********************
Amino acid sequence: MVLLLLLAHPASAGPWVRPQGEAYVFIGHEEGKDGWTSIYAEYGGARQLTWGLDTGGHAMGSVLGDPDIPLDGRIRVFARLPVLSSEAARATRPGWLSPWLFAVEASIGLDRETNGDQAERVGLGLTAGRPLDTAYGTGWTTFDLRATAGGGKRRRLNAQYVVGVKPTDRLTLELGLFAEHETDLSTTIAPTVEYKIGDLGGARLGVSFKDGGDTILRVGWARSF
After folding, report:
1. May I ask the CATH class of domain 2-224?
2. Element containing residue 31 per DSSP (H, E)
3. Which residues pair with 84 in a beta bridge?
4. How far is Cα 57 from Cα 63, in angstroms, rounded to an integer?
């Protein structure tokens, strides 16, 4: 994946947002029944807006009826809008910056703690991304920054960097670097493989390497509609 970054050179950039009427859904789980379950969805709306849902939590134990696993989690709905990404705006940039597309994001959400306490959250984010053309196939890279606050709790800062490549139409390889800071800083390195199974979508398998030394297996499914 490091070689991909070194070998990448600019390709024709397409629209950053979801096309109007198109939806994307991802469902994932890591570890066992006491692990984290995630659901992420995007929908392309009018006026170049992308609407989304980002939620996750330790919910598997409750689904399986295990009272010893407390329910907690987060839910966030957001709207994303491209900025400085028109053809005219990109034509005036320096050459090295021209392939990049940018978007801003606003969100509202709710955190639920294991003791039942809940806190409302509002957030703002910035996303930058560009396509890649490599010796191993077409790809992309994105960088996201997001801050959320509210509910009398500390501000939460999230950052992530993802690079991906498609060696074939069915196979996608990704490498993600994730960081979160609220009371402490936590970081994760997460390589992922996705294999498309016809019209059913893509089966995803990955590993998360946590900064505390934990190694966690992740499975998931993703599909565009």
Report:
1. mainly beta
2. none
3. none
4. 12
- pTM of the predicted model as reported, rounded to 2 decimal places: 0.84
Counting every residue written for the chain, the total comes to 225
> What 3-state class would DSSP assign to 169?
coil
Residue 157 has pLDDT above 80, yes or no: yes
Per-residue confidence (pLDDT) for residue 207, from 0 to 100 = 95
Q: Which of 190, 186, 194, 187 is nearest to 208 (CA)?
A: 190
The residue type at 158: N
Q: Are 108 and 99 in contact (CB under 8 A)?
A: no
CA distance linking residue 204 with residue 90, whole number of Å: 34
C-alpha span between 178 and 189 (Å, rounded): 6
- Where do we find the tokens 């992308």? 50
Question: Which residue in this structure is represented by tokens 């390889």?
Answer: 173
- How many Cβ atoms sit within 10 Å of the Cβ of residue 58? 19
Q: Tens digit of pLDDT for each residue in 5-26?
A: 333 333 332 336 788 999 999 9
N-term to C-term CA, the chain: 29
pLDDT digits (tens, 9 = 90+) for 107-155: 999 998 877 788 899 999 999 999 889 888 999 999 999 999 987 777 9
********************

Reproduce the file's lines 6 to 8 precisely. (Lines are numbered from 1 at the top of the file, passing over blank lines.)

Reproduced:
4. How far is Cα 57 from Cα 63, in angstroms, rounded to an integer?
């Protein structure tokens, strides 16, 4: 994946947002029944807006009826809008910056703690991304920054960097670097493989390497509609 970054050179950039009427859904789980379950969805709306849902939590134990696993989690709905990404705006940039597309994001959400306490959250984010053309196939890279606050709790800062490549139409390889800071800083390195199974979508398998030394297996499914 490091070689991909070194070998990448600019390709024709397409629209950053979801096309109007198109939806994307991802469902994932890591570890066992006491692990984290995630659901992420995007929908392309009018006026170049992308609407989304980002939620996750330790919910598997409750689904399986295990009272010893407390329910907690987060839910966030957001709207994303491209900025400085028109053809005219990109034509005036320096050459090295021209392939990049940018978007801003606003969100509202709710955190639920294991003791039942809940806190409302509002957030703002910035996303930058560009396509890649490599010796191993077409790809992309994105960088996201997001801050959320509210509910009398500390501000939460999230950052992530993802690079991906498609060696074939069915196979996608990704490498993600994730960081979160609220009371402490936590970081994760997460390589992922996705294999498309016809019209059913893509089966995803990955590993998360946590900064505390934990190694966690992740499975998931993703599909565009």
Report: